QUICK NOTES: Rim Shot: Netflix has a news desk (I don’t know how new it is) and it’s called “Tudum” — i.e., onomatopoeia for the network’s sonic brand logo — and that is sorta genius ( ▰ Bank Teller: Voice biometrics was the focus of a letter sent by Senator Sherrod Brown, chairman of the Senate Banking, Housing and Urban Affairs Committee, reportedly to JP Morgan Chase, Bank of America, Wells Fargo, Morgan Stanley, Charles Schwab and TD Bank. ▰ Moon Man: Austin Kleon did a new blackout poem inspired by comments I madein recent issue of This Week in Sound. ▰ Bull Market: The Shriek of the Weekwas the bullfinch, “adept mimics” that “can be taught to whistle a human tune like a parrot.” ▰ Mo’ Mojang: There’s new ambient music in Minecraft (update 1.20) and Rohan Jaiswal knows where to find it. ▰ Street Scene: Check out this microtonal composition based on data related to Krasnodar Public Transport in Russia. (Thanks, Glenn Sogge!) ▰ Blue Jay Way: Soundfly, which offers courses for musicians and connects them to mentors, has a story about bird song — I love the idea of musicians having an avian tutor.

Sound Ledger¹: noise, ASMR, privacy

Audio culture by the numbers

42: Percent of rickshaw drivers in Dhaka, Bangladesh, reporting hearing loss

15: Percent rise in brand awareness after a hair salon franchise employed ASMR to promote itself

300,000: Settlement paid by Whole Foods under Illinois’s Biometric Information Privacy Act (BIPA) for allegedly using “voice recognition system without properly obtaining consent” of its workers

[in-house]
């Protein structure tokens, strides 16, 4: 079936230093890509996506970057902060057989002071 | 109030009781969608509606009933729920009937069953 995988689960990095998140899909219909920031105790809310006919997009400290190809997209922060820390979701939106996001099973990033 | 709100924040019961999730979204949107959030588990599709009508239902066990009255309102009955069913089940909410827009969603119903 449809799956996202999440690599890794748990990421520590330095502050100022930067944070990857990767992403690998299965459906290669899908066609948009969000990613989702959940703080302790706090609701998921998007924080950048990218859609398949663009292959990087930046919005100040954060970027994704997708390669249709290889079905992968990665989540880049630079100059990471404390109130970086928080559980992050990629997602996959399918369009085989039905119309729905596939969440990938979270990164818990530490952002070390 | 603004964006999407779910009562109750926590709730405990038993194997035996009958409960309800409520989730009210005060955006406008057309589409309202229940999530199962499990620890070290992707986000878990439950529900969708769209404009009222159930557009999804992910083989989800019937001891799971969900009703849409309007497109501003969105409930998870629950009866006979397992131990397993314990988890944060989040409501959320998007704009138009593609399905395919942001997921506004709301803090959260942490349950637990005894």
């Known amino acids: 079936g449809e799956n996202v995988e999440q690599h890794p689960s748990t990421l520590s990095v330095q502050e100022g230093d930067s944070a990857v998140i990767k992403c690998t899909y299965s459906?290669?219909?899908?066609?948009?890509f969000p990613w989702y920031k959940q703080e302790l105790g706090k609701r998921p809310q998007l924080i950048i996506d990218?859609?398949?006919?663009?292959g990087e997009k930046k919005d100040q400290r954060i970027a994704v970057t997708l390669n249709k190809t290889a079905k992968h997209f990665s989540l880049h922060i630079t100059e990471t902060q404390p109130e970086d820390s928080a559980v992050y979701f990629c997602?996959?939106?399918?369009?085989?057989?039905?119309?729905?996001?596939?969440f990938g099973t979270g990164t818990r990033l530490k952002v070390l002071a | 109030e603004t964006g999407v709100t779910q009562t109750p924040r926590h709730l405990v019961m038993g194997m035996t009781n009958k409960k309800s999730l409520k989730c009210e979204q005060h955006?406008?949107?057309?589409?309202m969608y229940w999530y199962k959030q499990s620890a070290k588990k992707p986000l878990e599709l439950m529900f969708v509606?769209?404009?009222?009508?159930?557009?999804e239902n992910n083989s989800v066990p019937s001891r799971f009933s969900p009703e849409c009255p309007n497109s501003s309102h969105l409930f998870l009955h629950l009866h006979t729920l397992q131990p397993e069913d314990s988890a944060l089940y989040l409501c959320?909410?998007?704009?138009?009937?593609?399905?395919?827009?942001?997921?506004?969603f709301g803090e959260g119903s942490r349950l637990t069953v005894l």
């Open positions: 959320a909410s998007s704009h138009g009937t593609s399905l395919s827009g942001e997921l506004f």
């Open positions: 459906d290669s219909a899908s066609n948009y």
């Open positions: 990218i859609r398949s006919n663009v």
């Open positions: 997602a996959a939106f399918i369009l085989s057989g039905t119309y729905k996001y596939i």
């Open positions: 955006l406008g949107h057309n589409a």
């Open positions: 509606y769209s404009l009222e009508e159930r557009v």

. . .


Rickshaw: ASMR: Whole Foods:

Polaroids from the Singularity: The Concept of “Hidden”

Ongoing exploits with the DALL·E 2 Algorithm

I’m fascinated when DALL·E 2 ( falls short — why, for example, the concept of “hidden” seems unfamiliar to it.

The prompt: “photograph of a tape cassette with a microphone hidden inside”

The Waveforms of War

Interceptions from the front lines

The horizontal waveform has become a ubiquitous visual signifier of audio. It was popularized in particular by SoundCloud, but existed long before that in various digital audio tools, and can be tracked back further to the height of the multi-band stereo-system equalizer in the 1970s. The waveform’s deployment in a New York Times feature story this week (about intercepted phone calls home from Russian military personnel carrying out the campaign in Ukraine) turns the now generic symbol into an urgent harbinger — part surveillance sigil, part ethereal lifeline, part literal cry for help. The source of the recordings is Ukrainian law enforcement agencies, which “obtained recordings of thousands of calls that were made throughout March.” The audio is all in Russian, so the Times superimposed English translations for a broader audience. Watching the sound wave pulse has the sense of a nervous heartbeat as we read what is being spoken, such as “I didn’t know this was going to happen. They said we were going for training.” And: “I don’t want to kill any more people, especially the ones I will have to look in the eyes.”

It occurred to me after I included this in my latest issue of the This Week in Sound email newsletter that I would have loved if the Times had hired Scanner to render these with backing music.


Sound Ledger¹ (Privacy, Insulation, Birds)

Audio culture by the numbers

1262: The specific California Assembly bill (AB-1262) addressing privacy in regard to voice recognition

6.2: The value, in billions of U.S. dollars, estimated for the global building acoustic insulation market by 2028

35: The percent decrease in number of species of birds sighted at the Okhla Sanctuary in India, due in part to noise pollution

▰ ▰ ▰

¹Footnotes: Privacy: Insulation: Birds:

Originally published in the January 10, 2022, edition of the This Week in Sound email newsletter (